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Calculating Barometric Pressure, eCO2 and eTVOC from API

Hello the SCK dashboard measures and displays these three values (pressure, eco2, eTVOC) routinely, but these values don’t seem to be immediately available through the API.

I checked out the documentation about CCS811 and noticed that they consider temperature and humidity to compensate for values of this sensor.

In looking through the documentation for pulling the latest readings, these lines of code seemed redundant (older versions?) using sensors that I don’t believe are in the SCK 2.1:

        "id": 8,
        "ancestry": null,
        "name": "MICS-2710",
        "description": "MOS NO2 gas sensor",
        "unit": "kOhm (ppm)",
        "created_at": "2015-02-02T18:17:23Z",
        "updated_at": "2015-07-05T19:56:21Z",
        "measurement_id": 6,
        "uuid": "1eb0249d-29d8-41be-8e24-d3b1e5773c0f",
        "value": 197.574,
        "raw_value": 197574,
        "prev_value": 182.971,
        "prev_raw_value": 182971
        "id": 9,
        "ancestry": null,
        "name": "MICS-5525",
        "description": "MOS CO gas sensor",
        "unit": "kOhm (ppm)",
        "created_at": "2015-02-02T18:17:44Z",
        "updated_at": "2015-07-05T19:56:07Z",
        "measurement_id": 5,
        "uuid": "7baaecb7-2586-4063-9c15-bfa999e329aa",
        "value": 276.753,
        "raw_value": 276753,
        "prev_value": 278.468,
        "prev_raw_value": 278468
        "id": 21,
        "ancestry": null,
        "name": "Microchip RN-131",
        "description": "802.11 b/g WiFi",
        "unit": "# networks",
        "created_at": "2015-05-04T11:17:18Z",
        "updated_at": "2015-07-05T19:57:22Z",
        "measurement_id": 9,
        "uuid": "5b1f0e38-336a-4abf-9989-69b48f0026ef",
        "value": 4,
        "raw_value": null,
        "prev_value": 4,
        "prev_raw_value": null

I would love some guidance on knowing the calculations or calls for getting real-time values of:

  1. Barometric Pressure
  2. eCO2
  3. eTVOC

(It’s okay if they’re not super accurate and if we still need to consider burn-in time)

thank you very much! :slight_smile:

The most important thing to know about the Barometric pressure readings is that they are “actual” values, not adjusted in any way for altitude (which the SCK does not know). The government weather report includes barometric pressure adjusted for altitude, that is, 0 metres above mean sea level. Barometric pressure of course varies with altitude in roughly linear fashion, and a barometer can be used as an altimeter.
So SCK pressure readings will almost never agree with the published weather report.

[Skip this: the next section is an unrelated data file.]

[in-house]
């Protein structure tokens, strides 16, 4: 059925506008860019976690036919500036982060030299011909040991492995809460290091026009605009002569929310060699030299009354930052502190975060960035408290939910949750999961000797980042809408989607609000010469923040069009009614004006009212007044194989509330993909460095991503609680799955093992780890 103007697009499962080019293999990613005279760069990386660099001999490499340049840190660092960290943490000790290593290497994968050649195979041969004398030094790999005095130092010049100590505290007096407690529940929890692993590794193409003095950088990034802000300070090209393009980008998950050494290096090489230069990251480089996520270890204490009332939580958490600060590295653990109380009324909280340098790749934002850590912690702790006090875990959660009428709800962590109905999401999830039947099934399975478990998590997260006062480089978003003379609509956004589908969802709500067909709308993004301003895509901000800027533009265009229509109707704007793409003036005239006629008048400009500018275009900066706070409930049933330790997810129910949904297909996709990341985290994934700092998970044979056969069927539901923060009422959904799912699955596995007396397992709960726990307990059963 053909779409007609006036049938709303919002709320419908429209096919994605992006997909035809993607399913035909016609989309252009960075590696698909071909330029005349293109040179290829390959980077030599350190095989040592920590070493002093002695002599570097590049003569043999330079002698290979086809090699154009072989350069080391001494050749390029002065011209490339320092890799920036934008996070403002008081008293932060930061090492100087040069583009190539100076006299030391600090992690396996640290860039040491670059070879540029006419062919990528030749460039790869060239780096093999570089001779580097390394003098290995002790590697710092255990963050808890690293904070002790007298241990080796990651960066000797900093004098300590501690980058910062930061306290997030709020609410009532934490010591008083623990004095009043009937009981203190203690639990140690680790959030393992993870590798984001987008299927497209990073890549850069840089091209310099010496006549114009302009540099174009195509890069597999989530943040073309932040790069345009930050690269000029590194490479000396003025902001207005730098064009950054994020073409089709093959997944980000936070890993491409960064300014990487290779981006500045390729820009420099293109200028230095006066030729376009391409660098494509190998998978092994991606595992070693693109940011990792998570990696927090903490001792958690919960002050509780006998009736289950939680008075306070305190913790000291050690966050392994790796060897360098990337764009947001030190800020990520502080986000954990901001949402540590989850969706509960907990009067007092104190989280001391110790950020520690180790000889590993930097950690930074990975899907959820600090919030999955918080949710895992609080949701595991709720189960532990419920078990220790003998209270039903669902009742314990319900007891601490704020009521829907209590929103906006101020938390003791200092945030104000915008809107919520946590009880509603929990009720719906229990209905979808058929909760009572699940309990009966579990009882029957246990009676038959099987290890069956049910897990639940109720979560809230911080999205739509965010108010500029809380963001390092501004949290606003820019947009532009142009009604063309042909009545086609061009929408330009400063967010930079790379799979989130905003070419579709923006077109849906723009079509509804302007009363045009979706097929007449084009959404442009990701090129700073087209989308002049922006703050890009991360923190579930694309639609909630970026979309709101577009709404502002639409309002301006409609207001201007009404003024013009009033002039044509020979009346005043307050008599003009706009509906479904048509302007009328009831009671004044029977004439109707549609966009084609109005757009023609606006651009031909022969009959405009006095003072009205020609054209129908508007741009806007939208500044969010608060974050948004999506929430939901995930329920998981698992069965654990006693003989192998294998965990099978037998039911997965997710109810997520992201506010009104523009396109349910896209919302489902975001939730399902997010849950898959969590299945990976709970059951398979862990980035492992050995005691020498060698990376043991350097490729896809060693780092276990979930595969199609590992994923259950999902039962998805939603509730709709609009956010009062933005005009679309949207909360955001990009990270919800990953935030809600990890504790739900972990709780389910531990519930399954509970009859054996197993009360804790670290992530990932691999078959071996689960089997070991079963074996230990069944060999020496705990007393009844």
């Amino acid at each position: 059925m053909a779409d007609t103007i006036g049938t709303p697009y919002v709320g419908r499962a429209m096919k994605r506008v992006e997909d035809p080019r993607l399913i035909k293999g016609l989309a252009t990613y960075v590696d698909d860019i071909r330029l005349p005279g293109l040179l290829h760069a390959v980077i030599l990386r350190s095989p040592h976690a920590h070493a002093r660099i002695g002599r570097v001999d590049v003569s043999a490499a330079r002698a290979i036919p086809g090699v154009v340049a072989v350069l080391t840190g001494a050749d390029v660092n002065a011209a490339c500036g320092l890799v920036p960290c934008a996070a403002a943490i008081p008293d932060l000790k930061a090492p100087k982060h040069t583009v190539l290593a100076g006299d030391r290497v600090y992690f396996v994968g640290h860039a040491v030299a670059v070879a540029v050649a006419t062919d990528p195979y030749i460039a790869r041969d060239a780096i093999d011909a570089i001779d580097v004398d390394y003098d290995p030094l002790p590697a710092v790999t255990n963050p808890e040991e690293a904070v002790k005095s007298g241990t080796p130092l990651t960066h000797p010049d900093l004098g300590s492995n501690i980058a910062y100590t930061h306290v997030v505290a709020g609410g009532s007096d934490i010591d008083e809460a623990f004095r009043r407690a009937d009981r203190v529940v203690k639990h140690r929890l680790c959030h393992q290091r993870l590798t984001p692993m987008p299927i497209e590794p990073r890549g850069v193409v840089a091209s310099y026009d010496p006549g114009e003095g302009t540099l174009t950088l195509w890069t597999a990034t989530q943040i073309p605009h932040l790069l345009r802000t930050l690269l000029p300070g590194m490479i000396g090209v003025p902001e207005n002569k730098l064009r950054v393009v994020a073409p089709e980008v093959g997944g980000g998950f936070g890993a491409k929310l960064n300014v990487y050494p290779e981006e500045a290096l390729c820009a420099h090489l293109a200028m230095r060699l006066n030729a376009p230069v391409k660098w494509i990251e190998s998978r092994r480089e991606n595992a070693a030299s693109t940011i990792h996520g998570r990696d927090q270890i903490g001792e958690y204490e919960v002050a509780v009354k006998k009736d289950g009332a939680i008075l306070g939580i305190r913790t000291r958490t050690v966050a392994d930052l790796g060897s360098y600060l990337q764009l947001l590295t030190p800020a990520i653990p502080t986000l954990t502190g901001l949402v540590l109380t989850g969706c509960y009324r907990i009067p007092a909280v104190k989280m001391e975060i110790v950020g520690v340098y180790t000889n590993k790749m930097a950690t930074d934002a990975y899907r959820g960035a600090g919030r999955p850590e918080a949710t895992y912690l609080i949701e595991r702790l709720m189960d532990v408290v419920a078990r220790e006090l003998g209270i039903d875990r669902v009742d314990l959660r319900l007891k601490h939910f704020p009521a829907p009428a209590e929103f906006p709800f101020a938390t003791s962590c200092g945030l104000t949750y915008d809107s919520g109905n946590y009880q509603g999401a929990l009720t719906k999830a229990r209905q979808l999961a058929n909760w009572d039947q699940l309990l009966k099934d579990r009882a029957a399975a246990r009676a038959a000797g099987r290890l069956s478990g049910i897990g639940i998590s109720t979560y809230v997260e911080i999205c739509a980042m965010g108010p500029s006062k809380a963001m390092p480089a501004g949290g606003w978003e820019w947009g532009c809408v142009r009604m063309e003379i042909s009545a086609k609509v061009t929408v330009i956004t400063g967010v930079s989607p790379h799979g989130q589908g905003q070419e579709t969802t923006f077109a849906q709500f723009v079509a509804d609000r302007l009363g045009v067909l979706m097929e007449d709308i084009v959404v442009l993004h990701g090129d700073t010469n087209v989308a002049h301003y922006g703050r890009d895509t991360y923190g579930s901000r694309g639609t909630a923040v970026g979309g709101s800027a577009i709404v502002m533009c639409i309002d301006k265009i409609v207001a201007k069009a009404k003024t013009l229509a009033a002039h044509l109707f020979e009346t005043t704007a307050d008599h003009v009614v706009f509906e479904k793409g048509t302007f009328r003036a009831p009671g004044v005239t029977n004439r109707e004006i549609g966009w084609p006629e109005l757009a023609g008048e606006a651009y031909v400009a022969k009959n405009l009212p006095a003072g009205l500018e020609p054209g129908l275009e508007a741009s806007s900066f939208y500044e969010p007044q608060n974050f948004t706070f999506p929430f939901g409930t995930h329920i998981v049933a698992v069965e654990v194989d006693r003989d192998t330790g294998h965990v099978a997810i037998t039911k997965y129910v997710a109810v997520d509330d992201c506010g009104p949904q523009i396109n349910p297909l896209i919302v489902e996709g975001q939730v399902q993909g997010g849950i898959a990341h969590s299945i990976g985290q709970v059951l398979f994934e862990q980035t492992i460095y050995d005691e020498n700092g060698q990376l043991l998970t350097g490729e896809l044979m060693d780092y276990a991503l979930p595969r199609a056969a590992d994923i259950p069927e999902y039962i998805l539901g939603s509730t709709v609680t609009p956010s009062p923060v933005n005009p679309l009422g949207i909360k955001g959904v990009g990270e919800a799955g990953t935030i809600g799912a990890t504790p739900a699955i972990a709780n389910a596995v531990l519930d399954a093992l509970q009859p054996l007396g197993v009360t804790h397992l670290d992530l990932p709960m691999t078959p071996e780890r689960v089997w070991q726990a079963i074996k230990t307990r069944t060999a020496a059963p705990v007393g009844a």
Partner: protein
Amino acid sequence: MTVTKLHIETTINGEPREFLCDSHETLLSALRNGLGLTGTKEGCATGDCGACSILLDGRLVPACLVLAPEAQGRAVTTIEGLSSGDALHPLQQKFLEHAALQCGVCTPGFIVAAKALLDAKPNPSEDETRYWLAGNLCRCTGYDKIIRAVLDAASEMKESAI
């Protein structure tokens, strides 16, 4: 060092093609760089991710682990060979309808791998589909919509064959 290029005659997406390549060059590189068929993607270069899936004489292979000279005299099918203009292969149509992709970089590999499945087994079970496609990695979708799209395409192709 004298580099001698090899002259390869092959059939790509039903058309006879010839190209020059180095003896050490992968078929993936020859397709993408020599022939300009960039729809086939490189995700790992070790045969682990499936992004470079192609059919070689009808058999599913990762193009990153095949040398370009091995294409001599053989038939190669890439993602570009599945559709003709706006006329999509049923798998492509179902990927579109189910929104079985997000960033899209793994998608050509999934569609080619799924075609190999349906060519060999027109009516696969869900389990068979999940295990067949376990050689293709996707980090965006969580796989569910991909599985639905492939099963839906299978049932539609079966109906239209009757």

You can do 3 things:
a) ignore it, because you need actual pressure that’s why you got SCK.
b) if your location is fixed, you can modify pressure readings mathematically to eliminate the altitude effect giving you barometric pressure at MSL.
c) if you move your SCK around you can add a GPS sensor which can give you exact dynamic altitude no matter where you are and use this value to mathematically offset your pressure readings to MSL adjusted values.

Part 2: why you might want to use absolute pressure readings.

Being a physics nerd you may already be aware of the relationship between relative humidity, temperature and pressure. Others might not.

Did you ever wonder why bottoms of clouds in the sky seem to be at (roughly) the same altitude ?
Well that might be because, that at that altitude, pressure drops to the right amount, temperature falls to the right amount for the relative humidity to reach 100% saturation aka “dew point”. Water precipitates into droplets that form around microscopic dust particles to form clouds. If the water droplets are big enough gravity causes them to fall as rain.

If the barometric pressure should fall then the dew point might occur at a lower altitude. So clouds are lower in the sky, and you might even get precipitation in the form of fog, rain or snow at ground level.
So, this is the phenomena we see put to use in an old style barometer. The design of the dial embodies the simple relationship that when pressure falls it means rain on the way.

So now you can see the role of the various (Temp, Hum, Press, Dust) sensors in SCK. The pressure used in such calculations is of course the absolute pressure. It corresponds to the weight of atmospheric air in a column above the measurement point.

You needed to know all that right ? Not everyone realizes or remembers this stuff from high school physics classes.